I understand that at the end of the day, school still needs to teach and present the material to all the students signed up, and there will be a bit of a conveyor approach, simply to get through everybody in the finite amount of hours.

    I just wish we had more time on the field and the organisation would be a bit more snappier.

    We did have a lot of people and the whole waddling back and forth between the lot and the classroom felt that it was eating up precious time. I honestly think that all lectures could have have been presented right there on the lot, with a lot less stories and personal anecdotes from the instructors.
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  14. Lorretto

    Lorretto City Dweller Crushperado

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    Is a class worth it - Yes.

    I would encourage you to look into a class like the Total Control mentioned above. The class is sort of a stepping stone, way past the MSF doctrine but not about speed so not a track school.

    The take away is building process that the bike and tires are engineered to go around corners far faster and tighter than prior conditioning has instilled in most of us. The school of hard knocks is a valid training environment; however, the essence of the trial and error method is that error will show it's ugly head now and then with a predicable outcome. A class gives you a safe controlled environment to push past a comfort zone to work on where the limits are and hopefully leave with all the parts you came with intact; the bike too.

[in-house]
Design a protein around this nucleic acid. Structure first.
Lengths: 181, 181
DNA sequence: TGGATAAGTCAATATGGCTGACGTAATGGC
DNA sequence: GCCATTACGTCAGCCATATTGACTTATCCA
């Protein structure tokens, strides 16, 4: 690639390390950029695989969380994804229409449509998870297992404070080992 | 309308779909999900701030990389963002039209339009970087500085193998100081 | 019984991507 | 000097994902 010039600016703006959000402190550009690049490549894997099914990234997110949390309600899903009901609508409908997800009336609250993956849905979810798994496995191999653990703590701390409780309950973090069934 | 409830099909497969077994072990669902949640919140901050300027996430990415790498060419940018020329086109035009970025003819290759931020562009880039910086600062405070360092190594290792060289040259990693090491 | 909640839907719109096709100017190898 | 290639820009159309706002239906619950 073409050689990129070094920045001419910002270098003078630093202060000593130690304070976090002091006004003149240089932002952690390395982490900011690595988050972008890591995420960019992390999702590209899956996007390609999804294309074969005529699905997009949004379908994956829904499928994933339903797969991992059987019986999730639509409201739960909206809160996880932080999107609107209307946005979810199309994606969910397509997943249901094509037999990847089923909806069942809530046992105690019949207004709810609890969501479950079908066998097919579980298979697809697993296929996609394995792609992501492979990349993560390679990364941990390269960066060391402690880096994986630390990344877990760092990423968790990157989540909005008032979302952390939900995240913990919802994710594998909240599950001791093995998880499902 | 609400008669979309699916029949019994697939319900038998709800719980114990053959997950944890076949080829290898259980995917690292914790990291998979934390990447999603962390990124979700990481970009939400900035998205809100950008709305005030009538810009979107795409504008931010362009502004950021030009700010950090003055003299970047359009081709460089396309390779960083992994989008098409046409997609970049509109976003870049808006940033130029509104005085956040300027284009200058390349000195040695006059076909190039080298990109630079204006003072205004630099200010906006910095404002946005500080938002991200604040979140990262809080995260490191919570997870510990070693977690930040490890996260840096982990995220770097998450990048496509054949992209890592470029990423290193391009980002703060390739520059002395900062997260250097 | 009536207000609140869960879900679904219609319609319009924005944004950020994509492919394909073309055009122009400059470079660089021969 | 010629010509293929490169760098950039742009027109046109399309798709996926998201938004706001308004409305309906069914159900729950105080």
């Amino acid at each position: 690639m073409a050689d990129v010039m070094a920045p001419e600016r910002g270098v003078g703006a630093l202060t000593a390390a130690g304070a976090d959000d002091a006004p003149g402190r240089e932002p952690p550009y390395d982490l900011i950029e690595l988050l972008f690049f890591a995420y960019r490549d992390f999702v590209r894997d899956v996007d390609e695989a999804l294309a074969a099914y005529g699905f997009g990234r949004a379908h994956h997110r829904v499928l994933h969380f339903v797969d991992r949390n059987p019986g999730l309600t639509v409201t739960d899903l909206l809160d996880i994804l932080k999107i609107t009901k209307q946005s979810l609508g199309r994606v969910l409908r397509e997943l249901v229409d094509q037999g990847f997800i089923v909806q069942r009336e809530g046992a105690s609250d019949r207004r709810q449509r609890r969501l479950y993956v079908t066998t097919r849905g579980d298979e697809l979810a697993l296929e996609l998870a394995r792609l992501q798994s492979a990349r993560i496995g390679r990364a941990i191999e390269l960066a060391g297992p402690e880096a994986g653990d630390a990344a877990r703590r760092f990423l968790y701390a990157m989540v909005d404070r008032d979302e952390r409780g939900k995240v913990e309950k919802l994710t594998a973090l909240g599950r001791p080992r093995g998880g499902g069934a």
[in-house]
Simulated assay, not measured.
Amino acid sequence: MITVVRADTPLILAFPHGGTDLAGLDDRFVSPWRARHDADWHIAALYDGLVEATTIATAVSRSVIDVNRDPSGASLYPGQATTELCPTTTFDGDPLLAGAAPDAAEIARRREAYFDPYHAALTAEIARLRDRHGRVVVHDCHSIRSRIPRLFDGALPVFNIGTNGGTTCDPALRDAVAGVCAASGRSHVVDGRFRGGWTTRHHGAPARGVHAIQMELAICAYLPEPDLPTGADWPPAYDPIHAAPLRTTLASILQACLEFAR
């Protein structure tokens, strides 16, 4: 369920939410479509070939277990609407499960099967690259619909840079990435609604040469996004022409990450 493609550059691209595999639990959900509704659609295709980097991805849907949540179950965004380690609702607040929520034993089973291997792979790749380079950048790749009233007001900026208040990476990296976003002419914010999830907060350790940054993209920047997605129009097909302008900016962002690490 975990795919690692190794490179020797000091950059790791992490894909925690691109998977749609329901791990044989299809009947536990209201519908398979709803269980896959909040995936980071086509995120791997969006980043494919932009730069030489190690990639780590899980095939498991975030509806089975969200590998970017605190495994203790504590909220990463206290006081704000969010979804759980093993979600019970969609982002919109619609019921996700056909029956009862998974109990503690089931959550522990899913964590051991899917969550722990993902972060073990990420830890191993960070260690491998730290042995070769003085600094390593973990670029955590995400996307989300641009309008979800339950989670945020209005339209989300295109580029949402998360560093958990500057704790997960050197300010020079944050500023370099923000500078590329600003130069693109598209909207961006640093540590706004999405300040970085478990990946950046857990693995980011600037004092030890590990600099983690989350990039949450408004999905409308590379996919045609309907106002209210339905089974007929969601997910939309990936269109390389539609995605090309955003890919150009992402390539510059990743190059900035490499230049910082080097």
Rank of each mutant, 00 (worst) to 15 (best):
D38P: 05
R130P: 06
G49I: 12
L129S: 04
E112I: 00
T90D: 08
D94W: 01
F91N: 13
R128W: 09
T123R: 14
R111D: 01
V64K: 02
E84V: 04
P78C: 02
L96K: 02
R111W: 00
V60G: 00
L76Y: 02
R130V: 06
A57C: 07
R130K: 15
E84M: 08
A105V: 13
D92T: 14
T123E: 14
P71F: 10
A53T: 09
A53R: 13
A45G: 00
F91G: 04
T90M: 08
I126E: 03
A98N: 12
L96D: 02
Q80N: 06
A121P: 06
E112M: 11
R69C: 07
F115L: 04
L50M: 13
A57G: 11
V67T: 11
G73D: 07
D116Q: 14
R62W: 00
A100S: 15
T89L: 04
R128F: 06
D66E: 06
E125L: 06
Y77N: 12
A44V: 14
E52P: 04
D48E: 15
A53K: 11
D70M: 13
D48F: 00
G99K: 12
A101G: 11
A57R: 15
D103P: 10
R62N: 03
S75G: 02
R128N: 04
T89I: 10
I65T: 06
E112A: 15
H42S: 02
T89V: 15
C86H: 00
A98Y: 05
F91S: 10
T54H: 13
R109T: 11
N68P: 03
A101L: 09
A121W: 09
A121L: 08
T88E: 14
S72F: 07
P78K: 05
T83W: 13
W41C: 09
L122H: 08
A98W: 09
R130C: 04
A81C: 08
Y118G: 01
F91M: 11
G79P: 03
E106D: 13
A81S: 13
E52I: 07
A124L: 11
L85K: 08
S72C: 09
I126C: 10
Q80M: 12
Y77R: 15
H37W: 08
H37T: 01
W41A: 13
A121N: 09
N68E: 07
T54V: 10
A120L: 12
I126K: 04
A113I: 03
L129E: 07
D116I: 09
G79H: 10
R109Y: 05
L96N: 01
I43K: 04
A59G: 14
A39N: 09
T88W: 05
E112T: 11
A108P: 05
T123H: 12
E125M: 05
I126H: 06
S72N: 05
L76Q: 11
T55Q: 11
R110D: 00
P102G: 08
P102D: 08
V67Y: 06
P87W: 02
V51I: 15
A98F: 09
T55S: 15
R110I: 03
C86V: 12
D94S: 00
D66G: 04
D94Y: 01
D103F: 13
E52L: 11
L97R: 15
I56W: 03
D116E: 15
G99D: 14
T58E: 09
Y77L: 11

#14
  15. Jim Moore

    Jim Moore Long timer

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    Go to a Keith Code school. Rent one of thier S1000 RRs. It's absolutely appalling. In a good way.
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  16. Thanantos

    Thanantos Ride hard.